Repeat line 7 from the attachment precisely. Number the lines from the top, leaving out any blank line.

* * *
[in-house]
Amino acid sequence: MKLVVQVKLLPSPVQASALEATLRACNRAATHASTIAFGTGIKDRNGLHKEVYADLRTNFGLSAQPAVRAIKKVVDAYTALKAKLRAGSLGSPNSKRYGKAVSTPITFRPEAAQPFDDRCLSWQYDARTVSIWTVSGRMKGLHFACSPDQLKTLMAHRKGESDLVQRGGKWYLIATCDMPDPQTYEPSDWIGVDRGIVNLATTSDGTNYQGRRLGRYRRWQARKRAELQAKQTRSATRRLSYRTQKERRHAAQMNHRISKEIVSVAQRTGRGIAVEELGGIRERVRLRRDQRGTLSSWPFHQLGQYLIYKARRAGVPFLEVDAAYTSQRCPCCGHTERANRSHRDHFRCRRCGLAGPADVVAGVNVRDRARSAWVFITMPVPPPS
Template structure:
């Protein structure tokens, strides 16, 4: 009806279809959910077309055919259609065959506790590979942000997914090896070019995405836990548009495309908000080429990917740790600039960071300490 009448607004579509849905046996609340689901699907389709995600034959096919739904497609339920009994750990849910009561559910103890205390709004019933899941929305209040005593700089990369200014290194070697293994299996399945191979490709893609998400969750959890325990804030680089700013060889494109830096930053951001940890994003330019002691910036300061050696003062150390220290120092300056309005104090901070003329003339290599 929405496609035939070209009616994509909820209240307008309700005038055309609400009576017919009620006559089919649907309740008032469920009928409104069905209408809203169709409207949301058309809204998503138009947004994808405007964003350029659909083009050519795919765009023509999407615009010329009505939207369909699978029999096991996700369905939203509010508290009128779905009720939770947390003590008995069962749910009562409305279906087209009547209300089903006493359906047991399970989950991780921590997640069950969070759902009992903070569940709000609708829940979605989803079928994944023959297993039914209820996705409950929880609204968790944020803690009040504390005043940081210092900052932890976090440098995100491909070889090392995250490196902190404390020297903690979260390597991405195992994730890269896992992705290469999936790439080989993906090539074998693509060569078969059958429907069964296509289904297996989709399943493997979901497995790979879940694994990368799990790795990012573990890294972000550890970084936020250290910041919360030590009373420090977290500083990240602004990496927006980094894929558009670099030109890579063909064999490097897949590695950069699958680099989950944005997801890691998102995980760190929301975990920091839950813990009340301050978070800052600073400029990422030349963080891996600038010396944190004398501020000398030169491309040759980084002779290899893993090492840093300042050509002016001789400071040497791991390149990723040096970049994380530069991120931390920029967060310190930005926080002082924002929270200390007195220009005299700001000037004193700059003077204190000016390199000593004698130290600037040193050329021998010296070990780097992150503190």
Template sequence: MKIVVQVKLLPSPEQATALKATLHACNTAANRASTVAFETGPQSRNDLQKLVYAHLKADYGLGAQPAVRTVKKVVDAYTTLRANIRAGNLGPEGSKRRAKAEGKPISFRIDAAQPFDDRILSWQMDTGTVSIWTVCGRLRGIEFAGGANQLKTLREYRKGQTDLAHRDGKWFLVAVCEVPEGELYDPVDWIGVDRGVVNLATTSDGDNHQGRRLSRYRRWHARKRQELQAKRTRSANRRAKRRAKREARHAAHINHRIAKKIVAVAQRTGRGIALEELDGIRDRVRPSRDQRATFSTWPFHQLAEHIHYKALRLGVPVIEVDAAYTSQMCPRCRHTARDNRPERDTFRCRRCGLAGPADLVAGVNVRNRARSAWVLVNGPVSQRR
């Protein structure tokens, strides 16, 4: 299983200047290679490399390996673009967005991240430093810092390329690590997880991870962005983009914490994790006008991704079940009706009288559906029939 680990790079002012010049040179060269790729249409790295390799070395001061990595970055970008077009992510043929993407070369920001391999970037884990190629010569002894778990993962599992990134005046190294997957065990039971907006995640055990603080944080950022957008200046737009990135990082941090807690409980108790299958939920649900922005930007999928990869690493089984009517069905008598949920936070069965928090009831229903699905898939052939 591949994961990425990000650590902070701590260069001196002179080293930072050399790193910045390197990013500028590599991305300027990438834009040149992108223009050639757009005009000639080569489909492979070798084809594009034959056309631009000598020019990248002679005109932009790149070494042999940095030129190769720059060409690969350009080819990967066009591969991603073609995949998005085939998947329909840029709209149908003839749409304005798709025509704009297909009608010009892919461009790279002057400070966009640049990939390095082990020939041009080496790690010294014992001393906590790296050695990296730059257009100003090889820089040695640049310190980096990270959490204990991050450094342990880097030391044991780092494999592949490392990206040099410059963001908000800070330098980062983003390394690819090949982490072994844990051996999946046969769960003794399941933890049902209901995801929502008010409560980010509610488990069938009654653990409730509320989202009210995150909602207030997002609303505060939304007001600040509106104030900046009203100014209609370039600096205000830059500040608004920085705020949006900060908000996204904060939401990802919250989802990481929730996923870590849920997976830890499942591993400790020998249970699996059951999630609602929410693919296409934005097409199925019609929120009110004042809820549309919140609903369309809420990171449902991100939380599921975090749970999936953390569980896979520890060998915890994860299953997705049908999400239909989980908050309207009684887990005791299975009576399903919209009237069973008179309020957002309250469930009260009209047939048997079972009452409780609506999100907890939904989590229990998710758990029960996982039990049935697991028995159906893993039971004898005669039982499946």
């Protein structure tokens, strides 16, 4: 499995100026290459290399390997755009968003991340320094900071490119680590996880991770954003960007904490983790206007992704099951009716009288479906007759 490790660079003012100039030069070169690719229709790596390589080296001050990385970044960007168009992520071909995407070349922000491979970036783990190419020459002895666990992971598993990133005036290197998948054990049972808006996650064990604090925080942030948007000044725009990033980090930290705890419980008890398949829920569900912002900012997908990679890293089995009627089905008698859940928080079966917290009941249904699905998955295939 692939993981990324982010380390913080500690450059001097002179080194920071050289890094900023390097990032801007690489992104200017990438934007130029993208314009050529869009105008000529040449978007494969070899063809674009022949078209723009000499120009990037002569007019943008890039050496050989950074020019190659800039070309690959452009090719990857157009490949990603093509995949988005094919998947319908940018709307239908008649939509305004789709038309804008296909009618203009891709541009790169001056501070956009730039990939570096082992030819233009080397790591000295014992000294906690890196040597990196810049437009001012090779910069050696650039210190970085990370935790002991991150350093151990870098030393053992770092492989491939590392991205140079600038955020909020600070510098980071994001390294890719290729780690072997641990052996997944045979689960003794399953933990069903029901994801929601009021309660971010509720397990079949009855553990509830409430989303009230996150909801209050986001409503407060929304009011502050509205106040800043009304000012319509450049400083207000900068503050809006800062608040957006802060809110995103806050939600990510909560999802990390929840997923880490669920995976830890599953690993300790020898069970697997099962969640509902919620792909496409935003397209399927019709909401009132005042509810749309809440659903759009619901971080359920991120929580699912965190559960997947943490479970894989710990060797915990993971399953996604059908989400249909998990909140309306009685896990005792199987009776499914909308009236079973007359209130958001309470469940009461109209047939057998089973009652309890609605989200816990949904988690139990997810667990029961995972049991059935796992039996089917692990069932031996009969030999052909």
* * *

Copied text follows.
């Protein structure tokens, strides 16, 4: 499995100026290459290399390997755009968003991340320094900071490119680590996880991770954003960007904490983790206007992704099951009716009288479906007759 490790660079003012100039030069070169690719229709790596390589080296001050990385970044960007168009992520071909995407070349922000491979970036783990190419020459002895666990992971598993990133005036290197998948054990049972808006996650064990604090925080942030948007000044725009990033980090930290705890419980008890398949829920569900912002900012997908990679890293089995009627089905008698859940928080079966917290009941249904699905998955295939 692939993981990324982010380390913080500690450059001097002179080194920071050289890094900023390097990032801007690489992104200017990438934007130029993208314009050529869009105008000529040449978007494969070899063809674009022949078209723009000499120009990037002569007019943008890039050496050989950074020019190659800039070309690959452009090719990857157009490949990603093509995949988005094919998947319908940018709307239908008649939509305004789709038309804008296909009618203009891709541009790169001056501070956009730039990939570096082992030819233009080397790591000295014992000294906690890196040597990196810049437009001012090779910069050696650039210190970085990370935790002991991150350093151990870098030393053992770092492989491939590392991205140079600038955020909020600070510098980071994001390294890719290729780690072997641990052996997944045979689960003794399953933990069903029901994801929601009021309660971010509720397990079949009855553990509830409430989303009230996150909801209050986001409503407060929304009011502050509205106040800043009304000012319509450049400083207000900068503050809006800062608040957006802060809110995103806050939600990510909560999802990390929840997923880490669920995976830890599953690993300790020898069970697997099962969640509902919620792909496409935003397209399927019709909401009132005042509810749309809440659903759009619901971080359920991120929580699912965190559960997947943490479970894989710990060797915990993971399953996604059908989400249909998990909140309306009685896990005792199987009776499914909308009236079973007359209130958001309470469940009461109209047939057998089973009652309890609605989200816990949904988690139990997810667990029961995972049991059935796992039996089917692990069932031996009969030999052909």